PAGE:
|Form of government
||democratic constitutional monarchy
||UTC + 6 h
|Telephone area code
The Kingdom of Bhutan is located in the Himalayas and
borders with Tibet ( China ) in the north, with India in
the east, south and west. With an area of 47,000 km²,
the country is slightly larger than Switzerland.
Bhutan is mostly mountainous. The north is part of
the High Himalayas with peaks over 7,000 m high, the
highest are Kula Kangri at 7,554 m and Chomo Lhari at
7,314 m. To the south is the Vorderhimalaja, the summit
of which is between 2,000 and 4,000 m high. The wide
fertile valleys that run from north to south structure
the landscape and are the most important settlement
areas in Bhutan. In the extreme south of the country on
the border with India lies the Duars plain, which is an
extension of the Ganges-Brahmaputra lowlands.
Although the country is only relatively small, there
are major climatic differences: In northern Bhutan there
is a high mountain climate with zones of perpetual ice
and very different rainfall (up to 5,000 mm on the
southern slopes and less than 250 mm on the northern
slopes ). The snowfall limit is around 5,500 m. In the
Vorderhimalaja there is a cool temperate climate with
monsoon rain (rainy season May to September). The
capital Thimphu is located in this area, mean January
temperatures of 0 กใ C are measured, in July about 17 กใ
C. The average rainfall in this area is around 1,000 mm.
In the extreme south of the country, in the Duars plain,
there is a subtropical monsu climate. The average
temperature in January is around 17 กใ C, in July around
28 กใ C. The annual rainfall is 2,000 mm (rainy season
May to September).
Flora and fauna
The country's vegetation also differs according to
the different climate zones. Overall, more than two
thirds of the country's area is forested: While summer
green monsoon forests can be found in the south of the
country, coniferous and deciduous forests grow in the
Vorderhimalaja. Alpine mats grow from a height of around
The country offers a suitable habitat for animals
that have become rare in other countries, such as the
collar bear and the rhinoceros. The endangered snow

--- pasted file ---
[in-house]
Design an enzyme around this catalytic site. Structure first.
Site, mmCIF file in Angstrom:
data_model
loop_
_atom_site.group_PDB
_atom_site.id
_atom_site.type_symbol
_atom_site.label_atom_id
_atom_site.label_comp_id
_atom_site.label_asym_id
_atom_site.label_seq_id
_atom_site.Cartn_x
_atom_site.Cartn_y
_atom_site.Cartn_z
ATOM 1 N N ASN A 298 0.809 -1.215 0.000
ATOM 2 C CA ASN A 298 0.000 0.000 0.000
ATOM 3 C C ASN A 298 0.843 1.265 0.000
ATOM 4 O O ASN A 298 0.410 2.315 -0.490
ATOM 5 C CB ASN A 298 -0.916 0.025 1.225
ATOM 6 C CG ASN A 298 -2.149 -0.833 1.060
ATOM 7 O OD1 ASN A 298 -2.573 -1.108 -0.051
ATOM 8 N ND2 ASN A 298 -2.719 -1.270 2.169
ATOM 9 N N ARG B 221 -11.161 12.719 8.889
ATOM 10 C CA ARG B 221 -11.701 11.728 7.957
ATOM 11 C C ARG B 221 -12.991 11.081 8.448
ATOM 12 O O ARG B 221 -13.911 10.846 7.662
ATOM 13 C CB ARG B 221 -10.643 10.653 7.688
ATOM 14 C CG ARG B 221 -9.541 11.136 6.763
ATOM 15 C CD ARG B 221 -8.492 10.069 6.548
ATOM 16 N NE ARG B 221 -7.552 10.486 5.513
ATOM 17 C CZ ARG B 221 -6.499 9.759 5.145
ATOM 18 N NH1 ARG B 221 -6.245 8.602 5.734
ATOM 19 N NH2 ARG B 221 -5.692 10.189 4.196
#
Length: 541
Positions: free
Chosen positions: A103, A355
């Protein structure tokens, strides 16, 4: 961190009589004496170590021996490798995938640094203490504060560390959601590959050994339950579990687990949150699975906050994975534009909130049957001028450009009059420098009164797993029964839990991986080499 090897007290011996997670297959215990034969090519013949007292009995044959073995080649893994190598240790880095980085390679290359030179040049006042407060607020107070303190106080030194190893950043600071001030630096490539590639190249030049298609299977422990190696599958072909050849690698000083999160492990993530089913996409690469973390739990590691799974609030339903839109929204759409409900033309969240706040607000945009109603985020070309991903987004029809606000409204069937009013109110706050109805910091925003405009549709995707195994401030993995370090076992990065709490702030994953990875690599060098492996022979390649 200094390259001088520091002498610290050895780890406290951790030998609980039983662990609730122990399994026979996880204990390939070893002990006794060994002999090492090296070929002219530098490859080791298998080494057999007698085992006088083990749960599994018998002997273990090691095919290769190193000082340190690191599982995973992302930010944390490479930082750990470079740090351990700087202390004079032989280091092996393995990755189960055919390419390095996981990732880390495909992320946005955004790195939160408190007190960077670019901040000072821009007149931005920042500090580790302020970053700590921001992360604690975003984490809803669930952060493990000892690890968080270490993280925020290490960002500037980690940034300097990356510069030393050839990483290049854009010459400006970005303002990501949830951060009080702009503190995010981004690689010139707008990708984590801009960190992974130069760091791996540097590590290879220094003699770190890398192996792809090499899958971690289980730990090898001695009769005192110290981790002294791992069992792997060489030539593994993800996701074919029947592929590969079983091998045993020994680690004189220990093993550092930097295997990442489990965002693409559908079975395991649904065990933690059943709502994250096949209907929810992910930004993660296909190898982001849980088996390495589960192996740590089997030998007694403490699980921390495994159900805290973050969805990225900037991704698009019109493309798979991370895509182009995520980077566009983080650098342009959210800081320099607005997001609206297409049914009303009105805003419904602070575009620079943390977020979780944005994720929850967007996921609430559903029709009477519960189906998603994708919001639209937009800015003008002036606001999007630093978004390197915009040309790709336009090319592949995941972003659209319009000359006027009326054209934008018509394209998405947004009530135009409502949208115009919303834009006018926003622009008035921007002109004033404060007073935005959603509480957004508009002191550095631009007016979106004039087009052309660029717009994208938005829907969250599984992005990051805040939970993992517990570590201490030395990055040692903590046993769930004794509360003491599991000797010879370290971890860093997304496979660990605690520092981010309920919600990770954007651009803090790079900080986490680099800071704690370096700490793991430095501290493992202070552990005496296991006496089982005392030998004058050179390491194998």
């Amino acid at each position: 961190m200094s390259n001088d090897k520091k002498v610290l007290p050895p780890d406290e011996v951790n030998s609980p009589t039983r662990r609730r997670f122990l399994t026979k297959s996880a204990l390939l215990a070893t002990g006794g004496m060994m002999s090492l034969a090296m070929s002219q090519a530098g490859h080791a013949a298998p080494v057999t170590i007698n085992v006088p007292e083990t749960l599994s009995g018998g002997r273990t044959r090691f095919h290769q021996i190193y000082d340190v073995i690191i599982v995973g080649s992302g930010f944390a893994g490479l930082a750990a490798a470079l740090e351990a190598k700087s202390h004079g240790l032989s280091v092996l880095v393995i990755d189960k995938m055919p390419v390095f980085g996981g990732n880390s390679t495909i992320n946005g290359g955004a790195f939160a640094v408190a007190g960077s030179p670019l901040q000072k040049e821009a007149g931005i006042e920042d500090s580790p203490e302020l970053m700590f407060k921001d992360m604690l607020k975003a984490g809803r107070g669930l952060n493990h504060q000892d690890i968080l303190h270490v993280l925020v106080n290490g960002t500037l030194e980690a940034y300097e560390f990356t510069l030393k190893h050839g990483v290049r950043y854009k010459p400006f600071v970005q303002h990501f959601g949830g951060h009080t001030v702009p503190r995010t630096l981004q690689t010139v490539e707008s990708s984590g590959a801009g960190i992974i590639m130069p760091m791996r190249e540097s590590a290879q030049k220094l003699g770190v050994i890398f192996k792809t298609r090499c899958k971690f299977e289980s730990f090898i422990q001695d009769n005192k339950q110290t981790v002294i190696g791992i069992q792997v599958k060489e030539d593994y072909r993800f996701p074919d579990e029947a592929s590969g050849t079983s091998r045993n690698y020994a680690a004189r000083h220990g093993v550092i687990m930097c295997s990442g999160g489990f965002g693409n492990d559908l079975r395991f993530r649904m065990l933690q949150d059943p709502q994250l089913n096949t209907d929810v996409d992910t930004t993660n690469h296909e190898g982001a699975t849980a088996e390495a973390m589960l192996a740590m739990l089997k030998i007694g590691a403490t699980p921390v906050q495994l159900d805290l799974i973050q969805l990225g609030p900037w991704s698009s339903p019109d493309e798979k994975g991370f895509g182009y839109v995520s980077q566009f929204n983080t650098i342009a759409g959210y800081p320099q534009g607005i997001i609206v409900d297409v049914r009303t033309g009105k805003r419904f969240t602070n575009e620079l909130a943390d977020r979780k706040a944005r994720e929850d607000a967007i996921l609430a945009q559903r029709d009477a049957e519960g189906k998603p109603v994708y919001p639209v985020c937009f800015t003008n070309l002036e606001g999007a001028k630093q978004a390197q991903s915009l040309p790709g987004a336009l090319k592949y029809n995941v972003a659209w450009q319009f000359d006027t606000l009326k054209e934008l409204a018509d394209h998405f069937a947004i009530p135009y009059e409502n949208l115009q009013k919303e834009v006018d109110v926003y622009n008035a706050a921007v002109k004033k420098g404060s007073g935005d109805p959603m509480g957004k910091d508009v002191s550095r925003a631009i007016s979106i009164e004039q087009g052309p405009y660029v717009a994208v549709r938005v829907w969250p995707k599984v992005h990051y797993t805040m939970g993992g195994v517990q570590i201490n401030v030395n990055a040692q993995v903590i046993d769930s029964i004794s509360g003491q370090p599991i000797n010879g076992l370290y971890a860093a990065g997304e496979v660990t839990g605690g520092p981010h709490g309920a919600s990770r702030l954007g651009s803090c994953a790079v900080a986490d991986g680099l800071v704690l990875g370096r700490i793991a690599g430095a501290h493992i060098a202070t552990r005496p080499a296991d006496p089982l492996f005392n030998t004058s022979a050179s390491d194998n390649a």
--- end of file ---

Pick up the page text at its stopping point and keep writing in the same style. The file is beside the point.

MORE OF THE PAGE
leopard is found in the mountain regions.
A total of around 670,000 people live in the Kingdom
of Bhutan. The largest and most significant population
group are the Bhotia (50%), over 35% of the population
belong to Nepalese peoples. Members of Indian ethnic
groups live in the south. According to COUNTRYAAH,
the largest city is the
capital Thimphu with about 70,000 residents
Buddhism in Lamaistic form is the state religion in
Bhutan, around 75% of the population are followers of
this belief. The second largest religious community are
the Hindus (around 24%), the Muslim minority are the
Muslims (1%). The official language in the kingdom is
Dzongkha, Nepali and English are also spoken.
The standard of living of the population is very low,
there is no state social security, the healthcare system
is inadequately developed. Per capita income is around $
2,000 a year. Life expectancy averages 65 years, and
child mortality is relatively high at around 5%. The
overall literacy rate is only around 47% (women: 34%),
although school attendance is free.
Bhutan has been a democratic constitutional monarchy
since 2008. King has been Jigme Khesar Namgyel Wangchuk
since December 2006. The head of government (since July
2013 Tshering Tobgay) heads the cabinet, which has to be
appointed by the king. The legislature consists of two
chambers: the National Council (Upper House) with 20
elected and five elected representatives from the King
and the National Assembly (Lower House) with 47 members
elected by the people.
The parties are the royalist "Druk Phuensum Tshogpa"
(DPT, Peace and Wealth Party) and the "People's
Democratic Party" (PDP).
The country is divided into 20 districts
Bhutan has long been one of the poorest countries in
the world in terms of per capita income, but has
benefited from economic growth in recent years, which
averaged 8%. However, growing prosperity is unevenly
distributed. Central and Eastern Bhutan have lagged
significantly in development compared to the west of the
country. The country's economy is closely linked to that
of neighboring India. Bhutan receives economic aid from
Agriculture generates 15% of gross domestic product
(GDP), well over half of the workforce works here,
mostly in small subsistence farms. Mainly rice, barley,
maize and millet are grown, and fruit and spices are
also exported. Forestry is also important for export.
Sheep and cattle (including house yaks) are bred in
There are only a few industrial companies in Bhutan.
In addition to the food and wood processing industries,
the production of cement is significant. The country's
energy needs can be met by hydropower, and electricity
is also exported to India and Bangladesh. Coal, ores and
slate are among the mineral resources that are
increasingly being developed. The biggest problem in the
development of the industrial sector is the lack of
trained workers. India plays the largest role as a
trading partner in both exports and imports.
Tourism was of little importance to the Kingdom of
Bhutan for a long time, but has increased in the recent
past. It is currently the second largest source of
income in the country. The main countries of origin for
visitors in 2012 were Japan, the USA, China, Thailand
There are no highways in Bhutan and the few roads
that have been developed are only suitable for low
traffic. There is no railway line. The only
international airport is near the capital Thimbu.
The currency is the Bhutanese Ngultrum (= 100